The thermostat located in the testing area of the chamber controls the temperature inside, keeping it at 95 degrees Fahrenheit plus or minus two degrees (35 degrees Celsius). The thermostat also controls an air heater mounted to the blower. This thermostat has been factory set and should not require any adjustment.

If it is necessary to change the temperature, the thermostat can be modified by turning the adjustment screw. Clockwise rotation of the screw decreases the temperature. Adjustments should be in increments of no more than an eighth turn. Be sure to budget adequate time for stabilization before making additional adjustments.

Start-up Procedure

You should follow this sequence of operation at the beginning of every test:

  1. Make sure the chamber is positioned on a level surface.
  2. Connect the vent line ensuring it is free of restrictions.
  3. Fill the tower reservoir.
  4. Fill the salt reservoir to within one inch of the top and replace the cover. 
    1. The temperature of the solution should be at 95 degrees Fahrenheit or lower when filling the reservoir.
  5. Fill the top cover trough and close it. 
    1. The top cover of the chamber has a water seal to prevent salt fog from entering the room. 
    2. Fill this trough periodically with distilled or demineralized water. 
    3. It is important that the chamber be properly leveled in order to provide a satisfactory seal.
  6. Connect the chamber compressed air supply.
    1. Now is a good time to double-check that the air is supplied at the correct pressure.
  7. Open the chamber air valve.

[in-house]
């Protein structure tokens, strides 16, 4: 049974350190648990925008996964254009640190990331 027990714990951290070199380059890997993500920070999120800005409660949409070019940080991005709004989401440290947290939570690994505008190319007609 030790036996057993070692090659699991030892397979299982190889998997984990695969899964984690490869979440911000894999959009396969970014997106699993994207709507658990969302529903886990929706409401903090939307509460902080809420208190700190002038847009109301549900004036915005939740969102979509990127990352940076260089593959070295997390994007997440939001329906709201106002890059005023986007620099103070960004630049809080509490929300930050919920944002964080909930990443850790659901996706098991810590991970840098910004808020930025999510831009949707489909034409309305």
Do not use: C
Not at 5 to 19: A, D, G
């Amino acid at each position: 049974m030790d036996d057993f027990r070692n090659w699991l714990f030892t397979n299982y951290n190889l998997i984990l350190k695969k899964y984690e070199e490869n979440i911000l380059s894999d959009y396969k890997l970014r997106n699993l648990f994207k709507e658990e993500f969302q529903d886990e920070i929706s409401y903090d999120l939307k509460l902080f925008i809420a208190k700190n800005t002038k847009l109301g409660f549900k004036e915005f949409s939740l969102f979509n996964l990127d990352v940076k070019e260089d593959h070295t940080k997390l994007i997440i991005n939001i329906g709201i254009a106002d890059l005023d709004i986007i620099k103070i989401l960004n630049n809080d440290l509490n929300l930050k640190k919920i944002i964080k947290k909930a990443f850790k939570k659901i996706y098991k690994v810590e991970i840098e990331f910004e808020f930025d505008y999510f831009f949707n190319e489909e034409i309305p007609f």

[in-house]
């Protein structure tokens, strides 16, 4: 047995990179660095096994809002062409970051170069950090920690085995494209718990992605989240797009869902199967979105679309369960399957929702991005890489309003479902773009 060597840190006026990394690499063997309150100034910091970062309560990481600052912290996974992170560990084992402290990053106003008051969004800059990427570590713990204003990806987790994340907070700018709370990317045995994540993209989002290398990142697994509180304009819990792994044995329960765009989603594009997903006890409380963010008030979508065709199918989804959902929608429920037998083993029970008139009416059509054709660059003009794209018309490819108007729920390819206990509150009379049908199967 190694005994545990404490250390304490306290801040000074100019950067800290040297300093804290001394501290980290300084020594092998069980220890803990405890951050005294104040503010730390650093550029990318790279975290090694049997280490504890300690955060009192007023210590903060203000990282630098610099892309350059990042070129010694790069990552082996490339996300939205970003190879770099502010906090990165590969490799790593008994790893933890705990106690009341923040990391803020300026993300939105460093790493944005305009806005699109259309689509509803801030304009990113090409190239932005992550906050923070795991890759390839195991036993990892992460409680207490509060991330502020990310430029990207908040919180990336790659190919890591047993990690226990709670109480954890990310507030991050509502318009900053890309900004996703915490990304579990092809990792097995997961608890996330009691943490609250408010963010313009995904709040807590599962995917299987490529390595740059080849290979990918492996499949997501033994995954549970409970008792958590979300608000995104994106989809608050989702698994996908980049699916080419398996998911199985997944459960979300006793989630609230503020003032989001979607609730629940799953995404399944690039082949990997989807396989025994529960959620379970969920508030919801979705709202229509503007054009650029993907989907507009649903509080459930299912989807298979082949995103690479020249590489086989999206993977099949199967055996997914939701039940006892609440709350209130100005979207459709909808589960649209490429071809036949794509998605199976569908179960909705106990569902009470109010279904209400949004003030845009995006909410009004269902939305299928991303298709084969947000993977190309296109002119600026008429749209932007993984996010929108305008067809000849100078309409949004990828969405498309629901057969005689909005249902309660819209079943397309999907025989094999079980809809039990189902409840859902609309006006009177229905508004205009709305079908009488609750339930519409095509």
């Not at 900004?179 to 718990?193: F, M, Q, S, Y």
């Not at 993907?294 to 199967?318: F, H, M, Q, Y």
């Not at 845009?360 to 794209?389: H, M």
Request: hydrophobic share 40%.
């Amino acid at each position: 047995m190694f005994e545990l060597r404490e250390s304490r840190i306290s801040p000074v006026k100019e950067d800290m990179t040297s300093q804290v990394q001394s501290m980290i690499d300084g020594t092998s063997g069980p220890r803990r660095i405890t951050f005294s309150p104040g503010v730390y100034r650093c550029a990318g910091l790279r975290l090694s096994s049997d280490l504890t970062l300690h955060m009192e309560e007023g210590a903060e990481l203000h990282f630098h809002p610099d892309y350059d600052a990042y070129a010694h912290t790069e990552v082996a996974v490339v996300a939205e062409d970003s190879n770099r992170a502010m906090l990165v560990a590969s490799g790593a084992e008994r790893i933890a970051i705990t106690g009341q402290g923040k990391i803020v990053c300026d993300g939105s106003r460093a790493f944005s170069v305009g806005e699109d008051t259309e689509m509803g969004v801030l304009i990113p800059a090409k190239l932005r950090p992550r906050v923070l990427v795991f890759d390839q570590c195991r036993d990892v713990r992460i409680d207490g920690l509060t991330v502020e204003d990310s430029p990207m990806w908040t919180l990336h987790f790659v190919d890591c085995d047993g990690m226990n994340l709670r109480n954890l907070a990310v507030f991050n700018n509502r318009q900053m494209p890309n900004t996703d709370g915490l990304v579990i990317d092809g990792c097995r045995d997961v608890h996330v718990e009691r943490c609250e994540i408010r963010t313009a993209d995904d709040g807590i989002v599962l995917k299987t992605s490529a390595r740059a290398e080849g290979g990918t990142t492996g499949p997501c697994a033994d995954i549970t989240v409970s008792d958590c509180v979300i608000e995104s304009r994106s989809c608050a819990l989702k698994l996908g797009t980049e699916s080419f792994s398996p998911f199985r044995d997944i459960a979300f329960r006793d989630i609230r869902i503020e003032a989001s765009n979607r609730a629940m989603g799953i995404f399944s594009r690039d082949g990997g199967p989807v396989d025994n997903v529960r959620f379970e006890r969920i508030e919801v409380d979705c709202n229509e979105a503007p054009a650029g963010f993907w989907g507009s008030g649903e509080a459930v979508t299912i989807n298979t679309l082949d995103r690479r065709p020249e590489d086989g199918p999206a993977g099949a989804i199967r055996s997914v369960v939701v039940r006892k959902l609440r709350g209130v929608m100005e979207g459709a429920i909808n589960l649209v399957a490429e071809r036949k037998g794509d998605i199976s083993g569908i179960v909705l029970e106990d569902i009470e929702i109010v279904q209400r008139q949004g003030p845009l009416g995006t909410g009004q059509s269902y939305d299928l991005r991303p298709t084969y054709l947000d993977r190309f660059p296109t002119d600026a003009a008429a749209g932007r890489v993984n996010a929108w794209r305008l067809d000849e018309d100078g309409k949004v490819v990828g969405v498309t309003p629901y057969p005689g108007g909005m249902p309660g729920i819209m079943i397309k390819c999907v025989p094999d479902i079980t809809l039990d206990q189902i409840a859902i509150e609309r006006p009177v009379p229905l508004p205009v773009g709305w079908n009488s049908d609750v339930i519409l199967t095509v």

8. Turn the compressed air supply on.
  9. With the selector valve in the salt spray position, place the tower switch in the on position.
  10. Place the circulation and chamber switches in the on position and check the following:
    1. Air should bubble up through the saturation tower. 
    2. A fine mist should emerge from the atomizing nozzle. 
    3. There should be air flowing through the exhaust line.
    4. There should not be any air bubbling through the water seal around the cover.
  11. After the chamber temperature has stabilized (approximately 30 minutes after the chamber pilot light first starts to cycle on and off) check the chamber and tower temperatures.
    1. Observe the temperature of all heated areas making sure the maximum temperature stated in the manual is not exceeded.
  12. Check the proper action of the thermostats by observing the electric panel pilot lights.
    1. These lights should cycle when various temperatures are near their setpoint values.
  13. Check for proper operation of the salt spray nozzle. 
  14. The chamber is now ready for use!

At the end of the test, place the selector switch in the purge position. Ensure the air is being admitted directly to the chamber and flowing freely from the exhaust. That’s roughly all you need to know to install, set up, and operate your new salt spray test chamber. 

Should you have any questions, you can contact Associated Environmental Systems. AES offers help with onsite repairs and maintenance and is always willing to further talk you through installation, setup, and operation of your salt spray test chamber.